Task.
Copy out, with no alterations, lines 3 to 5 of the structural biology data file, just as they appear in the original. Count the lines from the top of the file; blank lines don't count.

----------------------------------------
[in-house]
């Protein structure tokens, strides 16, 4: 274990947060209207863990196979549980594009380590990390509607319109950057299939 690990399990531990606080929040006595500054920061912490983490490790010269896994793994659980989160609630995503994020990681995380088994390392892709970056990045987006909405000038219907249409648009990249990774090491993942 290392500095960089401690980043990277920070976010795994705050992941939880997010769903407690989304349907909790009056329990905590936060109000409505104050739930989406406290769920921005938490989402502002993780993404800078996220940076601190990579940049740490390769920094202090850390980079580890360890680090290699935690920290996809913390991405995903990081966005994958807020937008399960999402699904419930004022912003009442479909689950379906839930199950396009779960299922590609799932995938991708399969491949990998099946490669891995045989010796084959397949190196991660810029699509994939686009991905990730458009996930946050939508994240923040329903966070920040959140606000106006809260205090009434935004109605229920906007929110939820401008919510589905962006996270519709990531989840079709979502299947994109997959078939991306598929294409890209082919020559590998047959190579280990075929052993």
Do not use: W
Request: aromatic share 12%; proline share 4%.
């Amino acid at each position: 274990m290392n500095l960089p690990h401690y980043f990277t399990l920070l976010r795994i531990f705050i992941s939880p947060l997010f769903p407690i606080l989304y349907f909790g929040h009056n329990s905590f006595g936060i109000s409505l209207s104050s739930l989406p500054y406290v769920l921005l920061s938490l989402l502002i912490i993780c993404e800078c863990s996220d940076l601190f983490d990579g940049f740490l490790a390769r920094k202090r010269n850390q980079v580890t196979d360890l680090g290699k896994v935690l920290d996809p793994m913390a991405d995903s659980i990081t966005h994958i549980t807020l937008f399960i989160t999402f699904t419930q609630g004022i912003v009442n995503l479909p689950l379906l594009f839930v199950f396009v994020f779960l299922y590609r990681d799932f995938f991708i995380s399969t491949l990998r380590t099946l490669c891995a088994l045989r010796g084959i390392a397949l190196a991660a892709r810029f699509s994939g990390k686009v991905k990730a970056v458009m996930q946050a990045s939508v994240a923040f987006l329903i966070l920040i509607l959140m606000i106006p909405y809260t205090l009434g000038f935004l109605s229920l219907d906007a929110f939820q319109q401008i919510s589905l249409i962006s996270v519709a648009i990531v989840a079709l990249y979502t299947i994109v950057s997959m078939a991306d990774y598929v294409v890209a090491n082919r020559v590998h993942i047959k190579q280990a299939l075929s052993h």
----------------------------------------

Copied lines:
Do not use: W
Request: aromatic share 12%; proline share 4%.
């Amino acid at each position: 274990m290392n500095l960089p690990h401690y980043f990277t399990l920070l976010r795994i531990f705050i992941s939880p947060l997010f769903p407690i606080l989304y349907f909790g929040h009056n329990s905590f006595g936060i109000s409505l209207s104050s739930l989406p500054y406290v769920l921005l920061s938490l989402l502002i912490i993780c993404e800078c863990s996220d940076l601190f983490d990579g940049f740490l490790a390769r920094k202090r010269n850390q980079v580890t196979d360890l680090g290699k896994v935690l920290d996809p793994m913390a991405d995903s659980i990081t966005h994958i549980t807020l937008f399960i989160t999402f699904t419930q609630g004022i912003v009442n995503l479909p689950l379906l594009f839930v199950f396009v994020f779960l299922y590609r990681d799932f995938f991708i995380s399969t491949l990998r380590t099946l490669c891995a088994l045989r010796g084959i390392a397949l190196a991660a892709r810029f699509s994939g990390k686009v991905k990730a970056v458009m996930q946050a990045s939508v994240a923040f987006l329903i966070l920040i509607l959140m606000i106006p909405y809260t205090l009434g000038f935004l109605s229920l219907d906007a929110f939820q319109q401008i919510s589905l249409i962006s996270v519709a648009i990531v989840a079709l990249y979502t299947i994109v950057s997959m078939a991306d990774y598929v294409v890209a090491n082919r020559v590998h993942i047959k190579q280990a299939l075929s052993h």